Hormonal control of angiotensinogen production.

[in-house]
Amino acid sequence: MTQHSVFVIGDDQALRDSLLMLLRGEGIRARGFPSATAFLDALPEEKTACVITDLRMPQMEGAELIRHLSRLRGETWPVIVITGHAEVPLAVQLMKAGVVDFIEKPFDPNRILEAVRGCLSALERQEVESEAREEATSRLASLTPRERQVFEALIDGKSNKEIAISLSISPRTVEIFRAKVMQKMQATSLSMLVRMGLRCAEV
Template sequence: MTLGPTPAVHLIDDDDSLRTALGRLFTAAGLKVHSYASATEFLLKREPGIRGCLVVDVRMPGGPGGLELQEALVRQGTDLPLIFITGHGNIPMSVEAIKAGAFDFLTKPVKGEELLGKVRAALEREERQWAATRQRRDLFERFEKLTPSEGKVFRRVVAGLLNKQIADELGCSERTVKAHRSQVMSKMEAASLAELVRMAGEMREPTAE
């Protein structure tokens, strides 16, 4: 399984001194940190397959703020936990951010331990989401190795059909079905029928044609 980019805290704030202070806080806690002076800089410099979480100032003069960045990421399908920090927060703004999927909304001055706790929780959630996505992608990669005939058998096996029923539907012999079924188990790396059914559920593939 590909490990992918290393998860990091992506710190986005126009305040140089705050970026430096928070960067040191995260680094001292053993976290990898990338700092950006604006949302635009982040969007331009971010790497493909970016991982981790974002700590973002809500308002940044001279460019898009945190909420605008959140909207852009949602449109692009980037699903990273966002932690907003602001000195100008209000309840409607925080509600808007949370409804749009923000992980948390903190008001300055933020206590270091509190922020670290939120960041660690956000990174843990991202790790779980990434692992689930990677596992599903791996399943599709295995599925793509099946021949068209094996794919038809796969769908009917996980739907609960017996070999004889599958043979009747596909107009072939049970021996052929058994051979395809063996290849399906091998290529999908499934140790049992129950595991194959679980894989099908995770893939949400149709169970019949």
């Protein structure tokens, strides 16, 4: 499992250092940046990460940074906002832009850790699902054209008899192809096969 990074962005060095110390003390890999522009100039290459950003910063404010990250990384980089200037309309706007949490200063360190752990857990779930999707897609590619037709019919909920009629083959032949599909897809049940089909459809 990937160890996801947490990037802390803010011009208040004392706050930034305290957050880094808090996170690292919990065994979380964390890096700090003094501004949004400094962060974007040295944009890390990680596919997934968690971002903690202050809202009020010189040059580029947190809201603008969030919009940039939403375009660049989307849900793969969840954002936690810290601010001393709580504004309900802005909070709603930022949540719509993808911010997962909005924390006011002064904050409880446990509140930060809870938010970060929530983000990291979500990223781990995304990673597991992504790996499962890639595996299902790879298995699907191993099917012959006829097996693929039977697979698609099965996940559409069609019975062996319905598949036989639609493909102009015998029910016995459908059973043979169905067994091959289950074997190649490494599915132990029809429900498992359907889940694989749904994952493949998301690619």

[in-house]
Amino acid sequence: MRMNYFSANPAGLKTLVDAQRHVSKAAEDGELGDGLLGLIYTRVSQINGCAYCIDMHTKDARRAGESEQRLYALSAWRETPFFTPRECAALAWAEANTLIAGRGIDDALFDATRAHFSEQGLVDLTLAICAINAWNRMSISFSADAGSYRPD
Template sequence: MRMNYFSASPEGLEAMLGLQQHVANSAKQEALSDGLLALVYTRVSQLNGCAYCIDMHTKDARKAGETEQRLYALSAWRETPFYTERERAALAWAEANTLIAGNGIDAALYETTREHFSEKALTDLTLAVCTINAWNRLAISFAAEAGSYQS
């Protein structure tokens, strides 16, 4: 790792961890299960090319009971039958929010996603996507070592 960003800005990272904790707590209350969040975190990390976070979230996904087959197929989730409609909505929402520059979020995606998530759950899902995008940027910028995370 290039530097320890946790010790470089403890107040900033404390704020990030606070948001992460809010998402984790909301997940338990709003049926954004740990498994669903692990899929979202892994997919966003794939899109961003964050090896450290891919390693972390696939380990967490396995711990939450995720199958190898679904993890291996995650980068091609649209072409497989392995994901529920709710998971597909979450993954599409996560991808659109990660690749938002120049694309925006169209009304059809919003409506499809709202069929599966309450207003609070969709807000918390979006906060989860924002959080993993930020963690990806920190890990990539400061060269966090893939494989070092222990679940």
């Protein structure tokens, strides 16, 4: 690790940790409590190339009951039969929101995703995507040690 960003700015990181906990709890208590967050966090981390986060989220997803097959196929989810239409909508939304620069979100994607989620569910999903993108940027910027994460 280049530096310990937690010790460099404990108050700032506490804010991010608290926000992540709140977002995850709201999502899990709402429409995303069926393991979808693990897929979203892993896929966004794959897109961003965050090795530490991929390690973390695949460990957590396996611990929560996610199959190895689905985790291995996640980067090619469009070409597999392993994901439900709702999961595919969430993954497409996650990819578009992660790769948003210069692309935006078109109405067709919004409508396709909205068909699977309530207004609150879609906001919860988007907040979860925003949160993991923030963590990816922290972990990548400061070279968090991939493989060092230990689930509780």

The renin-angiotensin-aldosterone system appears to be under neural and hormonal control. Plasma angiotensinogen concentration is elevated in Cushing's disease, during pregnancy and in women taking oral contraceptives. An in vitro liver slice system was used to study the hormonal control of angiotensinogen synthesis and release in the rat. Dexamethasone administration in vivo resulted in increase in the in vitro rate of release of angiotensinogen by liver slices into the incubation media. This increase was inhibited by actinomycin D, an inhibitor of protein synthesis and vincristine which blocks secretion. Similarly, ethinyl estradiol treatment resulted in a 50% increase in angiotensinogen production. Hyperthyroid state was achieved by injecting rats with L-thyroxine daily for seven days. Hepatic production rate of angiotensinogen rose 21/2-fold above control and was accompanied by increases in plasma angiotensinogen concentration and plasma renin activity. In contrast, plasma angiotensinogen concentration and plasma renin activity were reduced in thyroidectomized rats. The rate of angiotensinogen production by liver slices of these rats decreased by five-fold below that of intact animals. These changes were largely corrected when thyroidectomized rats were treated with replacement doses of L-thyroxine. We conclude that hepatic angiotensinogen biosynthesis is under hormonal control. Glucocorticoid, estrogen and thyroid hormones all stimulate angiotensinogen production. These results may in part explain the pathogenesis of hypertension associated with certain disease states.
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